What Are the Penalties for Aiding and Abetting in Florida?
In Florida, it’s a crime to assist anybody who has been involved in committing a crime. Aiding and abetting as a charge can’t take place unless the crime has been affirmed as having taken place. The person accused of assisting a criminal is called an accessory, and doesn’t actually have to be a witness to the crime.
Conviction can only take place if the prosecution is able to prove the accessory had sufficient knowledge that the offense had been committed by the person who was being helped. Penalties are harsh for aiding and abetting a person who has committed an offense. If you face a charge as an accessory in Florida you will need experienced Miami criminal defense attorney, Albert Quirantes Esq., to defend you.
Penalties for aiding and abetting
If you are found guilty of being an accessory, the penalty imposed on you will be dependent on how severe the original crime happens to be. If you assist somebody who faces a capital offense charge you will be up for a first degree felony charge. If you are convicted, a judge could impose a combination of a number of different penalties unless under Florida’s Criminal Punishment Code a minimum mandatory sentence is required:
Penalties could be as follows:
• a prison term not exceeding 30 years; • a period of probation not exceeding 30 years; • a fine not exceeding $10,000.
For anyone who helps a person found guilty of a life or first degree felony he or she will be charged with a second degree felony. If there isn’t a requirement for a mandatory minimum sentence the accessory could face any of the following penalties:
• a prison term not exceeding 15 years; • a period of probation not exceeding 15 years; • a fine not exceeding $10,000.
Anyone who assists someone accused of a second or third degree felony will face a crime of being an accessory of the third degree. If a mandatory minimum sentence isn’t required, if guilty a judge may impose any of these penalties:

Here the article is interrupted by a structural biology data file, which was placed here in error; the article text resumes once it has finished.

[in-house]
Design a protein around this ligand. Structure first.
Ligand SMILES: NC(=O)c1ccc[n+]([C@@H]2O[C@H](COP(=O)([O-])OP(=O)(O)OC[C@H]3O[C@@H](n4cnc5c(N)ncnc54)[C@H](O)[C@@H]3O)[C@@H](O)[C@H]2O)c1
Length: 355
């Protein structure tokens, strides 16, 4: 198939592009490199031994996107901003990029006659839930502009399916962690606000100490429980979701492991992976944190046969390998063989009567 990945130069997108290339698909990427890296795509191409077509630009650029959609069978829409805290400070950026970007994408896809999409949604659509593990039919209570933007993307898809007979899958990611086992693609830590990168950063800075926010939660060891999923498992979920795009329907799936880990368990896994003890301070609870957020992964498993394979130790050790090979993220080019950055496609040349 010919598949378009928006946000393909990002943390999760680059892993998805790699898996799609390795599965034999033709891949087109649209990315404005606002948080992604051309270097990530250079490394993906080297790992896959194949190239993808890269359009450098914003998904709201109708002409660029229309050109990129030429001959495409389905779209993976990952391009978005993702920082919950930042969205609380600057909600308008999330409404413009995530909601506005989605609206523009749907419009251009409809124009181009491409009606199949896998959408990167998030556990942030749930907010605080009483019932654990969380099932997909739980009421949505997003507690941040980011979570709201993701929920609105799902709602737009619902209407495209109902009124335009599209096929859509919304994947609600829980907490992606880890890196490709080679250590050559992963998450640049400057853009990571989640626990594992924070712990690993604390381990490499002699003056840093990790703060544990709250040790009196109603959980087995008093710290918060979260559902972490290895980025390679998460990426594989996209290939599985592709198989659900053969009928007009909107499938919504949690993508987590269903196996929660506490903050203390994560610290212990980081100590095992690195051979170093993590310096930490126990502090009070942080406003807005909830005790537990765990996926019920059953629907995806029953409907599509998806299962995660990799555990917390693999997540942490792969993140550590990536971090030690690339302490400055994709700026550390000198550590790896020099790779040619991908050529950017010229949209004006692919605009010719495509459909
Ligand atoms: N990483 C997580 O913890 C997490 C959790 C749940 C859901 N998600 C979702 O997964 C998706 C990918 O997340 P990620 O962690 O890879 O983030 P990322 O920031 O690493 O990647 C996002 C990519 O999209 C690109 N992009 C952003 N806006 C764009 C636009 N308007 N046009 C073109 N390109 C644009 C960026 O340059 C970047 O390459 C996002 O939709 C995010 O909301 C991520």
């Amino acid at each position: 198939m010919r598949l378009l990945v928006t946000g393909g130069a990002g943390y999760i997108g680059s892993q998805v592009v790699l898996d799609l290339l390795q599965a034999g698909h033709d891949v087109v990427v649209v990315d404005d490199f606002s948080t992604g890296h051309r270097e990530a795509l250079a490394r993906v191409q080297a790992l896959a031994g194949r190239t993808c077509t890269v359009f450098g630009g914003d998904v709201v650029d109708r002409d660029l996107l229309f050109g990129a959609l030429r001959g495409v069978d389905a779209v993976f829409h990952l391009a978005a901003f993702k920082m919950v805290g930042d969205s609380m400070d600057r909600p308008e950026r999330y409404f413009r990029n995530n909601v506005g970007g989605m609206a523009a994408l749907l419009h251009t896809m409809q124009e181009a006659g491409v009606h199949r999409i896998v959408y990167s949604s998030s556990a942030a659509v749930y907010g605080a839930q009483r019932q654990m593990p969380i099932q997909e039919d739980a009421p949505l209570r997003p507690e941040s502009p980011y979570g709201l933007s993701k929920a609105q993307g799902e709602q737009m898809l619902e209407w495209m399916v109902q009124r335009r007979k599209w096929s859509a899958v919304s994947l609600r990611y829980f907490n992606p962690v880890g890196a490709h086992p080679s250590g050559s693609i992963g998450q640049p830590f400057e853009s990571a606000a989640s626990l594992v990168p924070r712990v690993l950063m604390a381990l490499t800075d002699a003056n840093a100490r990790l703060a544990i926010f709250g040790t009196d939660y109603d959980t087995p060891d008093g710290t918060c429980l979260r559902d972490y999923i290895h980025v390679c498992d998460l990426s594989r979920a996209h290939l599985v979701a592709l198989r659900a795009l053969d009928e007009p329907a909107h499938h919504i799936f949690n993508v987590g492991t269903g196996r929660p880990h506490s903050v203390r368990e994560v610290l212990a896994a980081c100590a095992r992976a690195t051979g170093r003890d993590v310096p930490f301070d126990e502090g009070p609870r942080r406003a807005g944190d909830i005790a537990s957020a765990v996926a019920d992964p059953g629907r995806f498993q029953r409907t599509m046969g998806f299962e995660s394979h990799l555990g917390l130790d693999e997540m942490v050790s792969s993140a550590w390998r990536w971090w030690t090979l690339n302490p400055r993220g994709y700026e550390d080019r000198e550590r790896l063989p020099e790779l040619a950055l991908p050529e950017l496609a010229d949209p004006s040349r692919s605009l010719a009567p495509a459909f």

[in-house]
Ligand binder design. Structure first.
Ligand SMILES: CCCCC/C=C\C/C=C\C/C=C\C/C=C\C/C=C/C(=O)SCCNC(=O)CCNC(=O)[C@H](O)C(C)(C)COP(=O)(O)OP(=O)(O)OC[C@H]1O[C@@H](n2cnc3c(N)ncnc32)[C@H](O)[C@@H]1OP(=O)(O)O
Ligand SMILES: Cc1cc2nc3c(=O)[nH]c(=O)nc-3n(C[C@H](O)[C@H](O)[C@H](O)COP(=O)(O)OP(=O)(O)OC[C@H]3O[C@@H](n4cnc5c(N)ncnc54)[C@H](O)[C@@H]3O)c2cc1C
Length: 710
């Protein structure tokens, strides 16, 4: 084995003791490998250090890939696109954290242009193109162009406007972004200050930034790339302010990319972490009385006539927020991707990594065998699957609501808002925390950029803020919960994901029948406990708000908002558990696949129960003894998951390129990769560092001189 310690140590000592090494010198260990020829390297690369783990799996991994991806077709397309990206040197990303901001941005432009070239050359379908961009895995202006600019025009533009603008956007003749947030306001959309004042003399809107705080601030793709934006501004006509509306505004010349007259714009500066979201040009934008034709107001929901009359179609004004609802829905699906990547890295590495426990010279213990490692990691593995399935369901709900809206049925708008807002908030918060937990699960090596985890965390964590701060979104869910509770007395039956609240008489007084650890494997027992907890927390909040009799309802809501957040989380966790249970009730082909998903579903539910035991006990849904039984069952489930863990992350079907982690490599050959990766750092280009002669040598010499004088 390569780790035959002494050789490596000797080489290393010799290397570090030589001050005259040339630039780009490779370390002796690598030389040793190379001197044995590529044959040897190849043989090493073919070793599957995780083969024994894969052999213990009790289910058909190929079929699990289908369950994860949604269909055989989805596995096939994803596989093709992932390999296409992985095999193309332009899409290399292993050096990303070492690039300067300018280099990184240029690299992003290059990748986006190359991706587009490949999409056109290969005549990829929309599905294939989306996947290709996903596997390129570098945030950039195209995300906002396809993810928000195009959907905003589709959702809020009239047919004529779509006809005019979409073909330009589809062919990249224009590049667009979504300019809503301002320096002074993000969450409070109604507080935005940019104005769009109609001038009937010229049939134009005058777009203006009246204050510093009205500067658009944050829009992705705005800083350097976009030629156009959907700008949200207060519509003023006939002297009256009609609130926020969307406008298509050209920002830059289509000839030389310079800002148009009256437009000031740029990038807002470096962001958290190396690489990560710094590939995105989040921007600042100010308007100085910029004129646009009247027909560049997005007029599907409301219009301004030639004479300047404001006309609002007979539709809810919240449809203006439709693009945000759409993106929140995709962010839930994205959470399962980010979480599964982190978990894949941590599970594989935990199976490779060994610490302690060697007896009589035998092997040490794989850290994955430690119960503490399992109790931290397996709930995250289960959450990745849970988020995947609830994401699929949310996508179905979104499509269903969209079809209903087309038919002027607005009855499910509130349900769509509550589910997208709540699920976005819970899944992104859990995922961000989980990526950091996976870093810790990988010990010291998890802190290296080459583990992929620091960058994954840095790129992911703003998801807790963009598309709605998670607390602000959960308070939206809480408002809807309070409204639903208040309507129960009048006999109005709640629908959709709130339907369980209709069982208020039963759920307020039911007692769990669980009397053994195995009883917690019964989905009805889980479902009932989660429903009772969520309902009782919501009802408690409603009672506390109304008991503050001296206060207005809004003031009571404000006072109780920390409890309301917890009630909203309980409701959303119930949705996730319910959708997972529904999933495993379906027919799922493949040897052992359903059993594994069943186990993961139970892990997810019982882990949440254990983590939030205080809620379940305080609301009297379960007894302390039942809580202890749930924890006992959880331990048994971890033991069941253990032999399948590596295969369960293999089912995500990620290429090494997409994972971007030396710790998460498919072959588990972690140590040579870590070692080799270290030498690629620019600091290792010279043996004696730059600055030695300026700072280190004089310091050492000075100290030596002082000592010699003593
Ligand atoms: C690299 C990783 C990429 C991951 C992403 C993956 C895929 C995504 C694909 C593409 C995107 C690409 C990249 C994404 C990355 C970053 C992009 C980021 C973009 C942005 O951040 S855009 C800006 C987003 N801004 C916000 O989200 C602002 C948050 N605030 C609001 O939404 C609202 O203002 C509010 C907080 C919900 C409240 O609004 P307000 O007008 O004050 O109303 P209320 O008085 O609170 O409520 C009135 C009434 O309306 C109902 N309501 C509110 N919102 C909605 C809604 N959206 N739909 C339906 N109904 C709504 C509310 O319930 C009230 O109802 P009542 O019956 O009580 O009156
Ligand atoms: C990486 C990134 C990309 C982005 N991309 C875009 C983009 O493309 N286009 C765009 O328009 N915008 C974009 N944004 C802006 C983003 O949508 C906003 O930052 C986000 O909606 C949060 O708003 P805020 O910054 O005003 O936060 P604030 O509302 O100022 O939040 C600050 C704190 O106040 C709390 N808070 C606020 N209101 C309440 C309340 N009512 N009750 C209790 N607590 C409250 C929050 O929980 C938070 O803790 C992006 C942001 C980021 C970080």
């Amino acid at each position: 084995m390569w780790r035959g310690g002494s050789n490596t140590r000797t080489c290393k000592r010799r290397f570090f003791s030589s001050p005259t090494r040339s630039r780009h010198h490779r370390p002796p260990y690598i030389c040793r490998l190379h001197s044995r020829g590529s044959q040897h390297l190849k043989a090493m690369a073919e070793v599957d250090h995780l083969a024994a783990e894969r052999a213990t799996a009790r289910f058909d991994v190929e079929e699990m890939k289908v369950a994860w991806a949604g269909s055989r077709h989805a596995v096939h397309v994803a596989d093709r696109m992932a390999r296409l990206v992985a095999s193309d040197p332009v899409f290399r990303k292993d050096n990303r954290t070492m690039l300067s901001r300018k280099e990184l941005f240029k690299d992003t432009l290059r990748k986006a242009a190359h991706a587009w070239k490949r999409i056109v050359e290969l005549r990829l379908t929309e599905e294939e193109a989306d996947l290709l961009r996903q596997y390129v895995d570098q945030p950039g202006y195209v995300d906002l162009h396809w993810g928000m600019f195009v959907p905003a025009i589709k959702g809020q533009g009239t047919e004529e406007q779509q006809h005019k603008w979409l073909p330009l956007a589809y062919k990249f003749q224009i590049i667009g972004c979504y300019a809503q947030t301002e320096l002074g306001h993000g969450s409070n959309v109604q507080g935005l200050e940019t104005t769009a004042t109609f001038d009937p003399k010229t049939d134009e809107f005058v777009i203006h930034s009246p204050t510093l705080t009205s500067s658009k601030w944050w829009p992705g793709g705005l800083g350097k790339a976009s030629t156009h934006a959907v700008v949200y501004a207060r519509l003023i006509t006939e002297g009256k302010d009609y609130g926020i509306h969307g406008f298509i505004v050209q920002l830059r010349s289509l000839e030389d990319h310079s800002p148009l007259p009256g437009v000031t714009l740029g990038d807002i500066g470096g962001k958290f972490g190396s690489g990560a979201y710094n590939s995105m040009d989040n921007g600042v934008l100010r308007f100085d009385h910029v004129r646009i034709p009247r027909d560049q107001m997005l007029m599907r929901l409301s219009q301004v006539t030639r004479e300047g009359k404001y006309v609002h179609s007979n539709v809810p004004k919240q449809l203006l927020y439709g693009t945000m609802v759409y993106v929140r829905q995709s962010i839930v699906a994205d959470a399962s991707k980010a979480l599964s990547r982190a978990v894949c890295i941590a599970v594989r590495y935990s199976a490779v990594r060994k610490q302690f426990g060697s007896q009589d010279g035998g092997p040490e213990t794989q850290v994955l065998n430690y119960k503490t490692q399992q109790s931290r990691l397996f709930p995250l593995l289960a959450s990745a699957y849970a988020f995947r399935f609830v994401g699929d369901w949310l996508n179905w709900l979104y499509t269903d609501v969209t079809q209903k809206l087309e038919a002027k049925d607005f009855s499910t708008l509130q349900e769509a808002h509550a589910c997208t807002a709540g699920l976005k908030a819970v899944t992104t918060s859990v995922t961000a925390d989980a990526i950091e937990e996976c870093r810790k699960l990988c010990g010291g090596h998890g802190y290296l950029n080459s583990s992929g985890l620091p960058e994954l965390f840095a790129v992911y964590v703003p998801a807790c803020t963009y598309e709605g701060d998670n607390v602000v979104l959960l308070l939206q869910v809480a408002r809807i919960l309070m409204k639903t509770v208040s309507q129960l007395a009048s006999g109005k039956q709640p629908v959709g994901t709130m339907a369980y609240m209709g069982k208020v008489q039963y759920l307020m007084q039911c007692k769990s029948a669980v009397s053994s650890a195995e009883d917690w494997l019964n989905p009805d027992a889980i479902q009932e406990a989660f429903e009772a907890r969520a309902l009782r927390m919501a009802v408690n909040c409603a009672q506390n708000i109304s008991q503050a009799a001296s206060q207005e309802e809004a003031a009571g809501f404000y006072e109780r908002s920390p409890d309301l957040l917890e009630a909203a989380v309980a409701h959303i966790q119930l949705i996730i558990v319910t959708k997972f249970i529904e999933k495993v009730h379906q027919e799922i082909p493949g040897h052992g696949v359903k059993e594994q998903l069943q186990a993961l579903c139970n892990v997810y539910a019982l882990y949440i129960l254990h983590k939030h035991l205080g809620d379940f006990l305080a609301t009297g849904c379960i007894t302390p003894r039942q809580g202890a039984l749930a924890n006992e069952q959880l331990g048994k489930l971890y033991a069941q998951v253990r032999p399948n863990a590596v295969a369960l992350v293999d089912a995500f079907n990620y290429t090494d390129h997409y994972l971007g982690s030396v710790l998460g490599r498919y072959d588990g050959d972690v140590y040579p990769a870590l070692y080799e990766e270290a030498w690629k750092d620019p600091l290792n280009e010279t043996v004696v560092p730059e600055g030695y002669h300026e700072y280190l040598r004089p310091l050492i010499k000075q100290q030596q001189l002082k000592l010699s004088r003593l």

• a prison term not exceeding 5 years; • a period of probation not exceeding 5 years; • a fine not exceeding $5,000.
If a person assists someone accused of a third degree felony the charge will be a first degree misdemeanor which could end up with the following penalties:
• a 1 year jail term • a 1 year period of probation • a fine not exceeding $1,000.
In Florida you can’t face a charge as an accessory after the fact if you are a parent, child, spouse, sibling grandparent or grandchild of the suspect but if you are an aunt, uncle or cousin you might face a charge of aiding and abetting. Typically, anybody could face an accessory after the fact charge if the felony charge of the accused you helped involved child abuse, neglect or death.
The term “aiding and abetting” under Florida law is not always clear. If you are facing a charge as an accessory to a crime committed by someone else you shouldn’t defend yourself but you should seek help from an experienced Miami criminal defense attorney, Albert Quirantes, who has the knowledge and experience to mount a solid defense on your behalf. Ring Albert Quirantes at 305-644-1800 today.
Albert Quirantes: Your Miami Criminal Defense Lawyer & DUI Lawyer
For over 30 years, Miami criminal defense attorney Albert M. Quirantes has been aggressively and zealously defending the rights of those accused of felony and misdemeanor crimesthroughout South Florida. With his dedicated team, reasonable legal fees, and a well-earned reputation for challenging prosecutors at every turn, he has protected over 8,000 clients during some of the roughest times of their lives.
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If you have been arrested and charged with a crime, please call us today at (305) 644-1800 or fill out our online form to arrange for your free, confidential initial consultation.
If you have any questions about this or any other criminal accusation, call Miami Criminal Defense Lawyer Albert Quirantes at: (305) 644-1800 or visit our homepage www.CriminalDefendant.com for a direct link to the office or a text message or a map and directions to our office.